“Honestly, darling, you might consider a career in theatre,” she would say, smirking at her own wit. Of course, she had no clue that Leah had spent the past several months starring in the most popular play in Bosch.
“Timing isn’t your forte. It never has been,” Stanley said, slicing through her thoughts. “You leave on a spur-of-the-moment romp around Europe, and a bagel truck rear ends your mother’s Lexus. She never drives, and yet something compelled her to drive that day,” he said, still looking at his phone.
The tears pricked the backs of her eyes, but Leah refused to cry. Her father had been insinuating for weeks that she was to blame for her mother’s accident, since her “spur-of-the-moment romp” had driven poor Silvia to distraction. She knew the truth about that trip, but it wouldn’t do much good now to blurt out:
“A witch cornered me on Fifth Avenue and set me up to fall through the subway grate at Bryant Park, and within a matter of minutes I ripped through a portal — a horrifying experience in its own right — and landed in a rainforest filled with elves, centaurs, fairies, and one gnome I would have overlooked in my previous life. It’s been more than an eto since I first landed there — that’s roughly eighteen stotras, which is basically a year and a half here, although time passes differently in the lenosphere, so apparently I’ve only been gone for a month in your world — and so now Bosch feels like home. And that gnome that I mentioned, well he is the most wonderful creature I’ve ever known, and I think he may be my soulmate. So, yeah, I didn’t leave willingly, despite what the witch, Deidrana, might have led you to believe.”
She knew the nurses would be swift in sedating her and dragging her limp body off to the psychiatric ward. She couldn’t risk it, not when her mother was still laying helpless on the hospital bed without a single item of Chanel on her person.
“She never even made it to that Alzheimer’s luncheon she’d been planning for months,” Stanley continued, oblivious of Leah’s mental confession. “I hope you’re pleased with your choices.”
Shaking her head, Leah tried to empathize with Stanley. Her father hadn’t taken a single day off work since her mother fell into the coma, choosing instead to sit by her bedside, and oftentimes sleep there at night, angrily answering emails and taking calls when need be.
“This will work,” she said, watching Silvia’s cracked features and protruding cheekbones. “There’s a really good chance it will, and we need to be positive for her.” Her voice squeaked as she tried to keep the shakiness to a minimum.
Stanley sighed, standing up in his chair and crossing the room to Leah. She flinched, watching in fear as he came closer, his face an expressionless mask. He missed his wife of twenty-five years, Leah knew, but he would never let himself be vulnerable in front of his daughter.
“You shouldn’t have gone,” he said. “This would never have happened if you hadn’t gone to Europe without first notifying me and your mother. She was distracted that day. She couldn’t understand why her only daughter would just leave without saying goodbye, without even sending a forwarding number or address to reach you.”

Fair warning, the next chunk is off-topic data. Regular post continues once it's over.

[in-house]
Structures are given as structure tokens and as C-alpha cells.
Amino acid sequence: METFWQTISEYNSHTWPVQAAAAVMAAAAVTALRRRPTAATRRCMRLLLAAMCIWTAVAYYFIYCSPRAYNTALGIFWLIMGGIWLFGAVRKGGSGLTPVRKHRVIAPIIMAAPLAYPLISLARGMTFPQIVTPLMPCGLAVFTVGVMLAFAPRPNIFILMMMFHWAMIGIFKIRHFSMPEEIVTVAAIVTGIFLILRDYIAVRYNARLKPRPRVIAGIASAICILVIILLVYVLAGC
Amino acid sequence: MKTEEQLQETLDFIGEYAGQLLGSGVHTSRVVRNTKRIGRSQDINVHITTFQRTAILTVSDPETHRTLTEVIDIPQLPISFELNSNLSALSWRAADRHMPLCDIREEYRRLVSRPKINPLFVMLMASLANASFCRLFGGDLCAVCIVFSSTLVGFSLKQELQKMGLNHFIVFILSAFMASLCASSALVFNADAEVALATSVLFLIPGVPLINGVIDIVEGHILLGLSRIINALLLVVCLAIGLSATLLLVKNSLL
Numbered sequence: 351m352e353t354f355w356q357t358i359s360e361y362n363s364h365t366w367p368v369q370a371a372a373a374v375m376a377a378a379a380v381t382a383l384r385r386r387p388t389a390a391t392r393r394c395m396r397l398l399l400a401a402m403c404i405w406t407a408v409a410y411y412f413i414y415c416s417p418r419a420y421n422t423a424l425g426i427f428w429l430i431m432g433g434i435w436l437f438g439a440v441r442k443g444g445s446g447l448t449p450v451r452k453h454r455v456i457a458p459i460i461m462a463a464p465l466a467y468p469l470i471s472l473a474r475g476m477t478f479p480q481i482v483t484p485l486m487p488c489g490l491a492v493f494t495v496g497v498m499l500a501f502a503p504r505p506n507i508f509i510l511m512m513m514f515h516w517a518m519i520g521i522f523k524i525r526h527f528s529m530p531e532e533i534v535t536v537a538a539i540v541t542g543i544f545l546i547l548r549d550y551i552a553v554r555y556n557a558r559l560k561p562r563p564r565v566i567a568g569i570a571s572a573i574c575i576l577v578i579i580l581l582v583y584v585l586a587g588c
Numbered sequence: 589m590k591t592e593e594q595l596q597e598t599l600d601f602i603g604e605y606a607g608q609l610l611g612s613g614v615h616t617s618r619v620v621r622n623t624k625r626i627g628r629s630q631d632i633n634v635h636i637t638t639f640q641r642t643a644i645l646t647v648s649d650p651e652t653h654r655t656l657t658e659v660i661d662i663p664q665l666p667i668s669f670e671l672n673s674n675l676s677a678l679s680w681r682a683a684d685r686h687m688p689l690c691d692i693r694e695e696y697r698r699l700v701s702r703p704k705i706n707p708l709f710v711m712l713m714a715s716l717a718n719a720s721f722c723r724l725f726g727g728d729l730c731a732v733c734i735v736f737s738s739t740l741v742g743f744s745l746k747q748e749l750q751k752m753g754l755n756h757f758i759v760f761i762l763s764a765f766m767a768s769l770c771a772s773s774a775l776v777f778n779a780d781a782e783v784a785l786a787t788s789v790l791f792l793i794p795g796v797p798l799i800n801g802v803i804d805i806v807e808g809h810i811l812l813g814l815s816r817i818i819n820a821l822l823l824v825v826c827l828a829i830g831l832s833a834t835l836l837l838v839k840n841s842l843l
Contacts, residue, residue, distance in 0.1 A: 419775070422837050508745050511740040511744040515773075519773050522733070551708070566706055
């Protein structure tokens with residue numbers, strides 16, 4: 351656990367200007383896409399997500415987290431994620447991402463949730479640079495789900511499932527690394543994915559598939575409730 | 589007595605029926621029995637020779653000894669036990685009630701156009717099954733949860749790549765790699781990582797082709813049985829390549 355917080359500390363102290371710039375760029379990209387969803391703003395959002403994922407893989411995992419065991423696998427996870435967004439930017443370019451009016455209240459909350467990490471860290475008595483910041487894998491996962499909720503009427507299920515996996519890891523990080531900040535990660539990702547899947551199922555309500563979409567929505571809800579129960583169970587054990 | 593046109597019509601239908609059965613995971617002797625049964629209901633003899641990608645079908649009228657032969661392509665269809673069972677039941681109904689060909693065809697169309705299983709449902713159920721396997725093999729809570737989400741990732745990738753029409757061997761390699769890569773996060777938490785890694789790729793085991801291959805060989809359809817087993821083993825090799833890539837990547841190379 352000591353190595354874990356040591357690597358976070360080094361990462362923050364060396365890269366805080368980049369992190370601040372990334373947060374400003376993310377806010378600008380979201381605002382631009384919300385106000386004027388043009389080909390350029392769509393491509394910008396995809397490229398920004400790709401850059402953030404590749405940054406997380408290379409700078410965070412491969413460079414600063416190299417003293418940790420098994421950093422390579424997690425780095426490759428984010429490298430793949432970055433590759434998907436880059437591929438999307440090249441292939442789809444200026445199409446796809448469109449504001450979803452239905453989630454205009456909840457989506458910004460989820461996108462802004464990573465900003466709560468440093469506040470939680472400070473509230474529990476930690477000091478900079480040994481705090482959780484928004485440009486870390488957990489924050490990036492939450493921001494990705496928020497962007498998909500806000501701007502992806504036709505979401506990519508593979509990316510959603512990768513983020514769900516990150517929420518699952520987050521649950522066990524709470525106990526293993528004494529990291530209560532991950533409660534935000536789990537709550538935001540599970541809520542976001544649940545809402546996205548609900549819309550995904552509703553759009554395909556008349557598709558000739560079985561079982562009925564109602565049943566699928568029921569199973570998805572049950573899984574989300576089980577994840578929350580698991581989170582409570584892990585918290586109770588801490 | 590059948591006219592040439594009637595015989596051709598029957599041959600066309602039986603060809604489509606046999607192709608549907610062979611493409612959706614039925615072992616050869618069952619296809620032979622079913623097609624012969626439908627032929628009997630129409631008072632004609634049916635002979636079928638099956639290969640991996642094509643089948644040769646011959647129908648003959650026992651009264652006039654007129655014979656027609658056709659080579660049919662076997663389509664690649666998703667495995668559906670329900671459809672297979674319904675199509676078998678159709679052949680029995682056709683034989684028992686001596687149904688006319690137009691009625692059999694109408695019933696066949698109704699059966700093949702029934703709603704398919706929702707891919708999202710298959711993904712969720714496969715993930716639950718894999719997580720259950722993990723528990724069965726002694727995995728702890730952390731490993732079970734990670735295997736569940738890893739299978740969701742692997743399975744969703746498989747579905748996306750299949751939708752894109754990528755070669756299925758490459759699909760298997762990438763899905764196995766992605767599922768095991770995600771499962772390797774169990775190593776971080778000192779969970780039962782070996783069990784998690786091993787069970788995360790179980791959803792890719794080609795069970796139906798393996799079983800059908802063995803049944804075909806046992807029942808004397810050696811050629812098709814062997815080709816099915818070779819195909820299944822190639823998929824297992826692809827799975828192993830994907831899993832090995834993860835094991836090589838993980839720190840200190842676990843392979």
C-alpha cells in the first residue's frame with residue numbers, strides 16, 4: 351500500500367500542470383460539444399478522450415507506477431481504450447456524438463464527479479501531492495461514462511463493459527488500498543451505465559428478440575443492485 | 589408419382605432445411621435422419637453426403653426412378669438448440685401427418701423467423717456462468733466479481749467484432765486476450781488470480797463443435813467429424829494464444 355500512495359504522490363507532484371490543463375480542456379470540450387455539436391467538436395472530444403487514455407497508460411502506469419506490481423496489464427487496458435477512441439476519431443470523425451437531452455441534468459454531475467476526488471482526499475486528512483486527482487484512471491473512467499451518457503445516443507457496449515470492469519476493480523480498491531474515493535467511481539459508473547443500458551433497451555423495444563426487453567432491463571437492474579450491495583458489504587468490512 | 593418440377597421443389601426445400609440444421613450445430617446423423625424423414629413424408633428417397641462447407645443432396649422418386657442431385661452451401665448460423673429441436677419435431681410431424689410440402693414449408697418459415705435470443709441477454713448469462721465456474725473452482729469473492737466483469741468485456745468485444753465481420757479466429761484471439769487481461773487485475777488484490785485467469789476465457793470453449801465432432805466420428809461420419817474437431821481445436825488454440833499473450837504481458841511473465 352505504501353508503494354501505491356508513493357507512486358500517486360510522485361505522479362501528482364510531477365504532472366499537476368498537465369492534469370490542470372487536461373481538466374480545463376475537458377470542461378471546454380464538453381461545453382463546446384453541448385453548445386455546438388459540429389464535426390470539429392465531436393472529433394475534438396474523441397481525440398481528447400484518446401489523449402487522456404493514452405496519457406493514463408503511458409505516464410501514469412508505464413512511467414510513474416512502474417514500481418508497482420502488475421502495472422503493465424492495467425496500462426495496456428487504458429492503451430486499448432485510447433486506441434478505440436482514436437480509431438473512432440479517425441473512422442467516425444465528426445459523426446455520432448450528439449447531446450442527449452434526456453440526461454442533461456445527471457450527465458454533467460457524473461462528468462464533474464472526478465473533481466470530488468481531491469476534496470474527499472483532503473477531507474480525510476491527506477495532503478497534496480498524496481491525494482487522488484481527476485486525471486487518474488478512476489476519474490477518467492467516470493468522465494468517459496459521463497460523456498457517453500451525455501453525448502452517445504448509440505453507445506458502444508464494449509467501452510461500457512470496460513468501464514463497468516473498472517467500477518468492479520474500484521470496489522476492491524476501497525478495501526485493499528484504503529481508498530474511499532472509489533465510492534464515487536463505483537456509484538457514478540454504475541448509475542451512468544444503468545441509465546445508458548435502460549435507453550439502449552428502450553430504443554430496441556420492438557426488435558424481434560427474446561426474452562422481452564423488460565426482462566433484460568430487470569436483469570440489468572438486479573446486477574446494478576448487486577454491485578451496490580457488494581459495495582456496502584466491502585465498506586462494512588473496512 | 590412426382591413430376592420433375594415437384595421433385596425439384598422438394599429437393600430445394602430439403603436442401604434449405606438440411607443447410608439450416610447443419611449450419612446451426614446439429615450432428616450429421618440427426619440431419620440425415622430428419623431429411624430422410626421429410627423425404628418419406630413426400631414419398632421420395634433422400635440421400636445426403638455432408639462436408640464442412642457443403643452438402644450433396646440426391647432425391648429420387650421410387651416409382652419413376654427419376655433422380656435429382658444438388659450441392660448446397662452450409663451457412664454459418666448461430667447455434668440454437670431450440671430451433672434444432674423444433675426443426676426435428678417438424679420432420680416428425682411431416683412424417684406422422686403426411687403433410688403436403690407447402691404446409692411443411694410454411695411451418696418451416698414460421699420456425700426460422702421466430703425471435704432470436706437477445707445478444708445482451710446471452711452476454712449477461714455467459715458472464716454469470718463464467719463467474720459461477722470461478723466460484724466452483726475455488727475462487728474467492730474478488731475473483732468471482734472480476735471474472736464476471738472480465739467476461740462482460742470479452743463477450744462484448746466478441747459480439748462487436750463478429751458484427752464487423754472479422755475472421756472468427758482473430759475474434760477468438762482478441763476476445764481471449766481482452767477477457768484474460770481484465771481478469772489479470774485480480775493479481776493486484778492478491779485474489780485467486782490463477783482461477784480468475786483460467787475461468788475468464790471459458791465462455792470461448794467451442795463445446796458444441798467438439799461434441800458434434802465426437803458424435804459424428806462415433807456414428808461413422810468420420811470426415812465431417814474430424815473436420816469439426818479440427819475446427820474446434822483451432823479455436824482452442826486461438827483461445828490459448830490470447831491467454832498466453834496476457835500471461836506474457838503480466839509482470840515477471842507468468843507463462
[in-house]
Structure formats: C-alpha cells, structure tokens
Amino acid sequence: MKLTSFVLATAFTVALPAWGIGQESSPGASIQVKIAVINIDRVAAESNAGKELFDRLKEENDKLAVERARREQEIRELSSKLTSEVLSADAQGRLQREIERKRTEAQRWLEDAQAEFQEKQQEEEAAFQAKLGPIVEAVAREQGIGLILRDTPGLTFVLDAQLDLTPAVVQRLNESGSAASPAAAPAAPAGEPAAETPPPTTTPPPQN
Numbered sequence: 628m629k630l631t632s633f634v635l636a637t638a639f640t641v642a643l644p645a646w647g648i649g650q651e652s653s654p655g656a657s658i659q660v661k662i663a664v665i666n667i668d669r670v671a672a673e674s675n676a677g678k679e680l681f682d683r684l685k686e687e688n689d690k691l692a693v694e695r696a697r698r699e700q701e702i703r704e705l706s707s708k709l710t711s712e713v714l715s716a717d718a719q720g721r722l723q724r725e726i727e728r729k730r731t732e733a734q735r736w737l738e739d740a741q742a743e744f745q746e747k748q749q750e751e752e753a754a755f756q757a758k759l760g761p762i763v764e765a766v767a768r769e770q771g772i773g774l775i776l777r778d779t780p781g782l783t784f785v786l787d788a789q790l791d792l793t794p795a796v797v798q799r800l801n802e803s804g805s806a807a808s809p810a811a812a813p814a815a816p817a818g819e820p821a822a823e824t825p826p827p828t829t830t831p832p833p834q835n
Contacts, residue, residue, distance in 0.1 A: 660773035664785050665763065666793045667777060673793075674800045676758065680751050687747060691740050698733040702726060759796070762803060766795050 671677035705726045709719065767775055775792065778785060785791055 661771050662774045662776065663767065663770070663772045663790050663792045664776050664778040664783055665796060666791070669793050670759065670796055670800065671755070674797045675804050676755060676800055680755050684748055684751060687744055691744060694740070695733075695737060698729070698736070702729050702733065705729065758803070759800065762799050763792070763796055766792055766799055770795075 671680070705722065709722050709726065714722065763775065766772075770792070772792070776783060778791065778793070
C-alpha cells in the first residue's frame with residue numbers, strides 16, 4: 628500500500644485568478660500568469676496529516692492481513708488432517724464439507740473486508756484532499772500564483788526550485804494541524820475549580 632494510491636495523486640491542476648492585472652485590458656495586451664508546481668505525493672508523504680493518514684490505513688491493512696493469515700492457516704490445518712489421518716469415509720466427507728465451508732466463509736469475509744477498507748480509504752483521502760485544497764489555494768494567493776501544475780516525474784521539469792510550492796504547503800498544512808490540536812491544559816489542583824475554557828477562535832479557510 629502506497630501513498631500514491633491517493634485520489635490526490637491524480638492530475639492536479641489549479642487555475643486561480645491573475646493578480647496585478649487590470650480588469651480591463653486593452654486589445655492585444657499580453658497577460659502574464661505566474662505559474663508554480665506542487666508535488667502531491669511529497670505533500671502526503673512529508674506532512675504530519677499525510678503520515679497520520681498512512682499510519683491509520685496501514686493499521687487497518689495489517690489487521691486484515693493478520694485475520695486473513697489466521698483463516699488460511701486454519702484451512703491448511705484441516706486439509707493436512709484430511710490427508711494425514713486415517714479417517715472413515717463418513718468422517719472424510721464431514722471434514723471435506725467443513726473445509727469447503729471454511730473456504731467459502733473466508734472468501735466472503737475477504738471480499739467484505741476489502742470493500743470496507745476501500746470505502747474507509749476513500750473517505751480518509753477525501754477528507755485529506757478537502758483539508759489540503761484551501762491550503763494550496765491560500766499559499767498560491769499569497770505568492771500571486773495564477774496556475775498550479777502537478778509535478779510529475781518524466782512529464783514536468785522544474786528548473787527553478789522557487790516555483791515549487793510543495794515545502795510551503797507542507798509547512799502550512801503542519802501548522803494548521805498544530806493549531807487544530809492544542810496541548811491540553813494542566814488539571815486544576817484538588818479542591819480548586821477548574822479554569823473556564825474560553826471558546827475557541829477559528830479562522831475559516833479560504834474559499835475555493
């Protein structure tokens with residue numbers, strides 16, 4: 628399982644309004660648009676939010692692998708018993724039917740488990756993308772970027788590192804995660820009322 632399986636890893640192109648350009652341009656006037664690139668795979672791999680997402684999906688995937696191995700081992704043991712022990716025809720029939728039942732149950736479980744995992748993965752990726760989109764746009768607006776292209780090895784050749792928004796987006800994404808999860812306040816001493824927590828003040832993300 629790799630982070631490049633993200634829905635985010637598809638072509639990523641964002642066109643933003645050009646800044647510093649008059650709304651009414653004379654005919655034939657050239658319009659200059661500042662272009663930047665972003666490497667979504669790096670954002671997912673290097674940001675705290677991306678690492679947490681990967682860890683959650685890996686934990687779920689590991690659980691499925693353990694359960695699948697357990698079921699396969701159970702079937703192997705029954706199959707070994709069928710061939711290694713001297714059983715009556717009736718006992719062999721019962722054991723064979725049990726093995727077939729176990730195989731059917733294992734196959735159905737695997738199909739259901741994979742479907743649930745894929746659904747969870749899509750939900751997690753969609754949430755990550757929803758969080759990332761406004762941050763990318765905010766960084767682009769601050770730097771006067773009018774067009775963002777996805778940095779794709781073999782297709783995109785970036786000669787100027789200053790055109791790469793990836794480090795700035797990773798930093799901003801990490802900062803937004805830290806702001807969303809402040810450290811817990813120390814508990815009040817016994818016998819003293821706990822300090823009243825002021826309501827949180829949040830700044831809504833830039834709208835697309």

Stanley’s voice was low, his eyes steely as he shot Leah a disapproving glare.
“You,” he growled, “are. To. Blame.”
Without warning, something snapped inside Leah. She glared at her father, with his pin-striped suit and self-righteous attitude. Hadn’t she set her life aside to tend to her mother? Hadn’t she allowed Deidrana to transform her into a hideous spoonbill so she could fly several dozen pserotopic miles, until they neared the lenosphere? And hadn’t she allowed the witch to transform her into a rocketship that could withstand the scorching protective barrier known as the lenosphere, even though she was petrified of heights? She had left behind her gnome, Alex, their pet unicorn, Tristabald, their new dragon friend, Kaida, and her best friend, Gigi, the elf who’d killed her own boyfriend to save Leah’s life.
“Father, I don’t think—”
“Correct,” he said, his voice calm. “That’s the problem. You don’t think.”
“But I don’t under —”
“Yes that’s what it is,” he said, his eyes cool with disregard. “You don’t understand anything about your family obligations.”
Leah’s temper hissed and spat like a hungry campfire. Her father’s words cut deep within her core and coaxed fury to the surface of her mind.
“How dare you —”
Just then, a low growl sounded. Leah jumped, her fury melting away as realization slammed into her. Her large, dark eyes widened, and her father’s steely ones did the same, the two of them locked in a gaze of utter disbelief. The growl was human, but it sounded like someone who hadn’t made a sound of any sort in several weeks. Breaking the gaze, Leah turned sideways to look once more at the hospital bed.
Silvia Fox had woken up.